Monthly Archives: July 2011

The young ones

While the heat has made everyone a bit scarce these days, there are still quite a few young ones out in the morning, following their parents around, and taking advantage of the cooler temperatures (if one can call 80 cool!). Click on pictures to enlarge.

 

Starlings

© Chris Taylor

Robin

© Chris Taylor

Northern Cardinal

© Chris Taylor

Gray Catbird

© Chris Taylor

 

 

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Great blue heron and yellow-crowned night heron

I love the great blue herons, but it was a real treat to see the yellow-crowned night heron and offspring at the Wakarusa Wetlands. Save it. Don’t pave it. Click on pictures to enlarge.

© Chris Taylor

© Chris Taylor

© Chris Taylor

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What is vegan nature photography?

I have seen quite a few articles lately regarding using electronic devices and other means to call birds. This activity is done by both birders and bird photographers to get a closer view of the bird. This act is at best selfish and unethical. At worst, this practice can put birds’ lives in danger. Given how many people think this behavior is acceptable, I thought this would be a good time to explain what vegan nature photography is.

Do not intentionally flush birds

While walking down paths, it is often impossible not to unintentionally flush a few birds. If this happens, back up a bit and try to avoid creating any additional stress. Never intentionally flush groups of birds to “get a better look.”  Particularly during migration, birds are stopping to rest on a very long journey. Avoid causing them more stress.

Stay on the path

Many animals nest on the ground or use ground material for cover in the winter. Avoid straying off paths so you do not disturb anyone.

Do not use electronic devices to call birds

“Playback” is never ethical. Playing bird song to get a closer look causes a great deal of stress for birds. If one cannot see the birds from the path, etc., and does not have the time to wait, use the “better luck next time” philosophy. Go home; try again later. (I would go as far to say that a photographer who uses these devices to attract birds for pictures is not much of a photographer.)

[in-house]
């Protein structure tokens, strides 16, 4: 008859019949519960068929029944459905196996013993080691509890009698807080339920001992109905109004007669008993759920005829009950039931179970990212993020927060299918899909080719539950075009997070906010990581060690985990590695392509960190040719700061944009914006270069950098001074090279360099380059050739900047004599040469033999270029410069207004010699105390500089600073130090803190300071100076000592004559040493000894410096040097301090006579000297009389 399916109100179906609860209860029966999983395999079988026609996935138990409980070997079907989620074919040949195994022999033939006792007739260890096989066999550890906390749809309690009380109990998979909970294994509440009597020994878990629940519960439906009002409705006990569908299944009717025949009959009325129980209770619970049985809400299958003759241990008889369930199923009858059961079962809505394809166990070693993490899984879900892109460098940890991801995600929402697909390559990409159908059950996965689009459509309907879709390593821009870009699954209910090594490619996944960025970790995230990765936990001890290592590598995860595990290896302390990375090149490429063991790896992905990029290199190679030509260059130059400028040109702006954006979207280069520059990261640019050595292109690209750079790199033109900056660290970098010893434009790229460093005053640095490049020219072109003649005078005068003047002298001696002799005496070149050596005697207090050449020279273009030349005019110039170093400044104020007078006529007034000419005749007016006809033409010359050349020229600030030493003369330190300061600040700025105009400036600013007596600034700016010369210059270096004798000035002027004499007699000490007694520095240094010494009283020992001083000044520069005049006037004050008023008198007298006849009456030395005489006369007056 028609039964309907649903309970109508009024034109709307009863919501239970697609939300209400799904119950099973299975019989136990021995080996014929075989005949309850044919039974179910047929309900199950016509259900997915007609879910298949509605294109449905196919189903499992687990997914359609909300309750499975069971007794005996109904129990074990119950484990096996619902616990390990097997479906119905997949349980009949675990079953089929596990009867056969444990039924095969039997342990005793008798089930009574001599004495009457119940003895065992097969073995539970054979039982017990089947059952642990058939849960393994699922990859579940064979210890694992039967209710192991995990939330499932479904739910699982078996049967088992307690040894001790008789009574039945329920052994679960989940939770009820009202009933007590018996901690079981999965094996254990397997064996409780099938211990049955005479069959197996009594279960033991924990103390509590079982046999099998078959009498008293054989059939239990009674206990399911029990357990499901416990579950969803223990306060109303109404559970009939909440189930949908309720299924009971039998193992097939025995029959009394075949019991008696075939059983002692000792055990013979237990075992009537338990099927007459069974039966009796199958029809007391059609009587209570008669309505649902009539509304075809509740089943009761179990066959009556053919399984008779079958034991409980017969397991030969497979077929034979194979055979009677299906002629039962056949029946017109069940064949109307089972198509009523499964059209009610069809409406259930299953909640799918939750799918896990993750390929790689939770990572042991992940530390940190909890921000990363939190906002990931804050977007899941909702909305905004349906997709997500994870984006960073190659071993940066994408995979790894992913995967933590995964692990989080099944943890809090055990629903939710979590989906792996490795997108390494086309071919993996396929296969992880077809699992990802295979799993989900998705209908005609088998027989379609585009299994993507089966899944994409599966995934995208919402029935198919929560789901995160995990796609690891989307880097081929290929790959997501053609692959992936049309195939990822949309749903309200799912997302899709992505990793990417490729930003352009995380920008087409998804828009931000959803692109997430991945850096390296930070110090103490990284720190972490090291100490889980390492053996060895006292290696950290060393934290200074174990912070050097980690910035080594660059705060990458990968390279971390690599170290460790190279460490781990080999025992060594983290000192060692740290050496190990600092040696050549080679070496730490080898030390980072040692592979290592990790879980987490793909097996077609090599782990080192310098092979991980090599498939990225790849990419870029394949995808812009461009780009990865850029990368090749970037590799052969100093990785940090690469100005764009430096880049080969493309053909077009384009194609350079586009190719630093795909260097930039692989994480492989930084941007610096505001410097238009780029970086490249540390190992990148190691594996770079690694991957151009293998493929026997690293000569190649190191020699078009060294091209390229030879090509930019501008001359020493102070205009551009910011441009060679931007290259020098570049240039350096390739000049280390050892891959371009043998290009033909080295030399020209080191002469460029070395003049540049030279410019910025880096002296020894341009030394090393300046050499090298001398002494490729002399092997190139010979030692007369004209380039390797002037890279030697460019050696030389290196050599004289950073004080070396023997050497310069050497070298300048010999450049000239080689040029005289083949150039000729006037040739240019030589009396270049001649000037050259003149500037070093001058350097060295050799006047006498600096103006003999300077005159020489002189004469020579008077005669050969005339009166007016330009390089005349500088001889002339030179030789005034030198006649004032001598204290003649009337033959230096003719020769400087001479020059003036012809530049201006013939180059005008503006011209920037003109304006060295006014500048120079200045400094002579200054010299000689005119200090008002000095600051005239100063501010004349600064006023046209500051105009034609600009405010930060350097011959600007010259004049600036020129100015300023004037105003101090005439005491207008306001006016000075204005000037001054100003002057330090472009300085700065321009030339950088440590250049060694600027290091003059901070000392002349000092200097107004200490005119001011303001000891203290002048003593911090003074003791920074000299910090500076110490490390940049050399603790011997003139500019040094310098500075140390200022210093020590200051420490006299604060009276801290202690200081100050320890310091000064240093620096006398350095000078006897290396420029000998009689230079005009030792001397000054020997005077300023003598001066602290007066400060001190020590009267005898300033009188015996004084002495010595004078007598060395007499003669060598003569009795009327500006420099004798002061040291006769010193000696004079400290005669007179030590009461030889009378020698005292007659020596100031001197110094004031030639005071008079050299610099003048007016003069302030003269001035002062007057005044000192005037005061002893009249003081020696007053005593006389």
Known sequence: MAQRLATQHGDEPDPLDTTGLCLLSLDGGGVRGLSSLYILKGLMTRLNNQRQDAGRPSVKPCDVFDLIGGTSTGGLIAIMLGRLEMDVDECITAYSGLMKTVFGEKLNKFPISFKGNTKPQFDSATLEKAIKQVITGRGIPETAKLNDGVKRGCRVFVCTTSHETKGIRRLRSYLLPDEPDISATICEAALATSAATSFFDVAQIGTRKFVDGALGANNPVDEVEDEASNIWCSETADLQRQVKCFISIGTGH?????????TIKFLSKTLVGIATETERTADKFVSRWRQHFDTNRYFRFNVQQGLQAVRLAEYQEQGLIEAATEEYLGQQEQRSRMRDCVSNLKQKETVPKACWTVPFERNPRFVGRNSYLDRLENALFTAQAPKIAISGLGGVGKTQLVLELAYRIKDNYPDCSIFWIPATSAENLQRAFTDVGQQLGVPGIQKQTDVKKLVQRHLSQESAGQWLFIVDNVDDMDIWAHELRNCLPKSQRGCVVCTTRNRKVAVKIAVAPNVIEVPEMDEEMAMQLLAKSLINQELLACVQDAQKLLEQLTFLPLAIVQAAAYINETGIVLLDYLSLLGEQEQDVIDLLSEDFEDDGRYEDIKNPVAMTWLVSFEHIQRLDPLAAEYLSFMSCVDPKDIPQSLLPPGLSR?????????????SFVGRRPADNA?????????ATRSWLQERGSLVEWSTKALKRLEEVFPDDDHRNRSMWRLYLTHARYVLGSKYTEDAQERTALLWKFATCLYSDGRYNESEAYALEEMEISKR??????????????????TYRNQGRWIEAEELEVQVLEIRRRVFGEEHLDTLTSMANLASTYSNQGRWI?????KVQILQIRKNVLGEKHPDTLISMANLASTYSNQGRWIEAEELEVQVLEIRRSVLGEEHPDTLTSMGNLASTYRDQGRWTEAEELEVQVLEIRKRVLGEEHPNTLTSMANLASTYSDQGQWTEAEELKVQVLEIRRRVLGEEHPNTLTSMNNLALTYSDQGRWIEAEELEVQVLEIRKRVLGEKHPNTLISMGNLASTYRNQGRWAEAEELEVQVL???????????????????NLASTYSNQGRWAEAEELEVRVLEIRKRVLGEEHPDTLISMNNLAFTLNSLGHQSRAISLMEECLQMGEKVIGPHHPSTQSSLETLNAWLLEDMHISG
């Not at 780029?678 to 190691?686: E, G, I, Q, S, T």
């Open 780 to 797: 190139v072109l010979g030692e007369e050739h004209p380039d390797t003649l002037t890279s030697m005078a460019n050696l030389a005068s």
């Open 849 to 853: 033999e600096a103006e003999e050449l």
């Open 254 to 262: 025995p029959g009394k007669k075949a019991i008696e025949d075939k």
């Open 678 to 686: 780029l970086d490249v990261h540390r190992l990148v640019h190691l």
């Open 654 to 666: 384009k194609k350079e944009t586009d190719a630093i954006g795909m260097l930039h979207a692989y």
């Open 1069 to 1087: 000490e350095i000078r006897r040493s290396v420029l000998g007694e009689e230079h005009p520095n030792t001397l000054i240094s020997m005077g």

Be respectful of nests and dens

If you run into a nest, den, or any other home, be respectful of that animal’s space. Most humans would not be too happy about people coming by and opening the doors to their houses just to see what/who is inside. Have the same respect for nonhuman animals. Do not open nest boxes (unless you are the caretaker for that nest box).

Always use digital photography

No matter how much of “purist” one thinks he or she is, using a film camera is not vegan. Film and film processing are not vegan. Use digital equipment and vegan photo paper. Canon and several other companies make acceptable photo paper. When getting prints elsewhere, just ask the company what kinds of paper they use.

It is our responsibility as photographers to not only share our vision with others so they can appreciate the world through our lens, it is also our responsibility to take care of the community that provides us with these beautiful images. Without them, we have no pictures. Please help take care of this world, for all of us.

© Chris Taylor

 

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Tomato thief

I am very happy to share with the squirrels. We regularly put out apple cores and other goodies. However, this  young squirrel delights in green roma tomatoes. While, I watched, he ate about half of one and discarded it. He then started back toward the patio for more with no regard that I was standing right in front of the plant. I couldn’t stop laughing. He stopped short of taking another one while I was there, but of course, he came back later.  Click on pictures to enlarge.

 

© Chris Taylor

© Chris Taylor

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Bountiful Bunnies

We are privileged to have a yard full of rabbits right now. At one time or another, we’ve counted four babies, at least four juveniles, and two adults. It’s wonderful to watch the young ones playing and eating, and eating, and eating. Click on pictures to enlarge.

© Chris Taylor

© Chris Taylor

© Chris Taylor

© Chris Taylor

© Chris Taylor

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